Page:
- 500 grams of lean beef mince
- 2 finely chopped cloves of garlic
- 1 onion, finely chopped
- handful of basil leaves roughly chopped
- handful of grated parmesan
- salt to taste
- freshly ground black pepper to taste
Chuck all the ingredients together in a bowl and mix thoroughly by hand – then, using your hands, make smalls balls with a diameter of about 2.5 – 3cm’s. Place these balls on a baking tray and bake in a pre-heated oven at 180° Celsius for 10 minutes. The idea here is that the meatballs must be slightly undercooked because the balance of the cooking will take place when you add the meatballs to the tomato sauce and you don’t want to end up with dry tasteless balls, but rather juicy tender taste bombs. Like a decent steak, rather rare than well-done.
Homemade Tomato Sauce:
- 2 garlic cloves – peeled and roughly chopped
- 1 onion – with the skin off, cut into thin slices
- 3-4 tablespoons of olive oil
- knob of butter
- 2 anchovy fillets (they’re expensive but critical and a jar can last for months in the fridge)
- 4 vine-ripened plum tomatoes, washed, roughly chopped up, skin and all
- 1 x tin whole peeled tomato’s
In a saucepan, fry the garlic and onion in the olive oil and butter until the onions are translucent. Add the fresh and canned tomatoes. Using your fingers, break up the anchovies into the pan. Let this cook for about half an hour on low heat (it must simmer not boil) until the fresh tomatoes have disintegrated into the sauce. NB - give the sauce the odd occasional stir and break up any whole pieces of tomatoes with your wooden spoon.
While the sauce is cooking up, make the pasta.
This isn’t rocket science but the taste of fresh pasta is well worth the effort and once you’ve tasted it, there’s no going back.
- 1 egg (free range and organic)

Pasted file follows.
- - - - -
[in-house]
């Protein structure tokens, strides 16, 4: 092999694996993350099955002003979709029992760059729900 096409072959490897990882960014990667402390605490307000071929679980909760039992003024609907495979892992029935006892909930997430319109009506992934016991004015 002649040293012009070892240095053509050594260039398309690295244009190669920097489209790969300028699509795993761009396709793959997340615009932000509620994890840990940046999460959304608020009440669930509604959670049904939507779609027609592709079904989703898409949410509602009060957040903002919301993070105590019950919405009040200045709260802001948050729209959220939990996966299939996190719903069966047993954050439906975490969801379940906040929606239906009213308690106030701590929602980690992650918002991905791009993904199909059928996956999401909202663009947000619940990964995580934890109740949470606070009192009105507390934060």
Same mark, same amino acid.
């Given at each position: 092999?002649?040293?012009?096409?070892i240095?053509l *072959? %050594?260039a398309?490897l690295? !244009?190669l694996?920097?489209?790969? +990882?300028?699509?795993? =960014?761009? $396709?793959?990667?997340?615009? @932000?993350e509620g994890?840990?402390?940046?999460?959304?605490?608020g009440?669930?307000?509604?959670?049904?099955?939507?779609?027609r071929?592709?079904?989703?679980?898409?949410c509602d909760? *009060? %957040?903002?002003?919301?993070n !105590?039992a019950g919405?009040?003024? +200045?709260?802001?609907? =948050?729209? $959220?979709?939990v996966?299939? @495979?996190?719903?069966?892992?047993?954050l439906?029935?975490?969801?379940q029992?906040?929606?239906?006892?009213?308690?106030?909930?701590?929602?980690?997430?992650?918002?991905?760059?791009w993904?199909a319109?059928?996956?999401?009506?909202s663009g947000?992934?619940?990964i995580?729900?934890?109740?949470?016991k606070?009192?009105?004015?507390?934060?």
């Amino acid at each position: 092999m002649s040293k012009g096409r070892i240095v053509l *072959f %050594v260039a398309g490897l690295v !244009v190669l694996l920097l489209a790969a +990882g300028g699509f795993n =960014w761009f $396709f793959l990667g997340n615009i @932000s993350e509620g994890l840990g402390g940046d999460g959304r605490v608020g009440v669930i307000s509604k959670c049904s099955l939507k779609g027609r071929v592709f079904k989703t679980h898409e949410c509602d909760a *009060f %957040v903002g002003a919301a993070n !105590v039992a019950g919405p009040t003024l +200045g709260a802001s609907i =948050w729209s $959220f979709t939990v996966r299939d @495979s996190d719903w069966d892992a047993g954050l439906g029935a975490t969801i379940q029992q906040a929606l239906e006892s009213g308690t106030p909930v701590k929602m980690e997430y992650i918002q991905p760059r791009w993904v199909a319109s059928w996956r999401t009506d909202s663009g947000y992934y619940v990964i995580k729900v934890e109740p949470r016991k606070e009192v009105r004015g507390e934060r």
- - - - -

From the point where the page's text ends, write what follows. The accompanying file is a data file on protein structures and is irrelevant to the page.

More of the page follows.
- 1 cup of cake flour
Place the flour onto a flat clean surface and make a well in the centre (think of a volcano). Break the egg into the centre and using your fingers, gently mix the egg into the flour. Once the egg has been absorbed into the flour, knead the dough for about 10 minutes. If it’s too dry, add a splash of water, too wet, sprinkle with flour. It should have a rich golden colour and the texture of play dough. Wrap the dough in some cling wrap and refrigerate for about 20 minutes. Now would be a great time to check on your sauce. Taste it first – you might want to add another anchovy fillet, but that’s entirely up to you.
Sprinkle some flour on your work surface to keep the dough from sticking. Using your hands, make a small ball from the dough. Flatten it out using a rolling pin or wine bottle. Working slowly, keep rolling the pasta out until you have a thin even sheet of pasta that’s almost translucent. As thin as you can gents because when you finally cook the pasta it will double in thickness. Once you’ve rolled out the pasta sheet, cut the pasta into thin strips about half a centimetre wide and hang over the back of a chair to dry a bit.
Cook the pasta in a pot of salted, boiling water. Since it’s fresh, it will cook in about three minutes. This is very important: Fresh Pasta has way less gluten than commercial dry pasta, so it’ll become soggy and soft if you overcook - so watch like a hawk and check often.
Drop all of your meatballs into the tomato sauce, stir gently, and simmer for 5 minutes. Then, cover the pasta with tomato sauce and meatballs. Smother in grated Parmesan cheese and a twist or two of black pepper and serve with a green salad on the side.
PS: with Pasta, the idea is that the pasta is really just a vehicle to coat with cool flavours.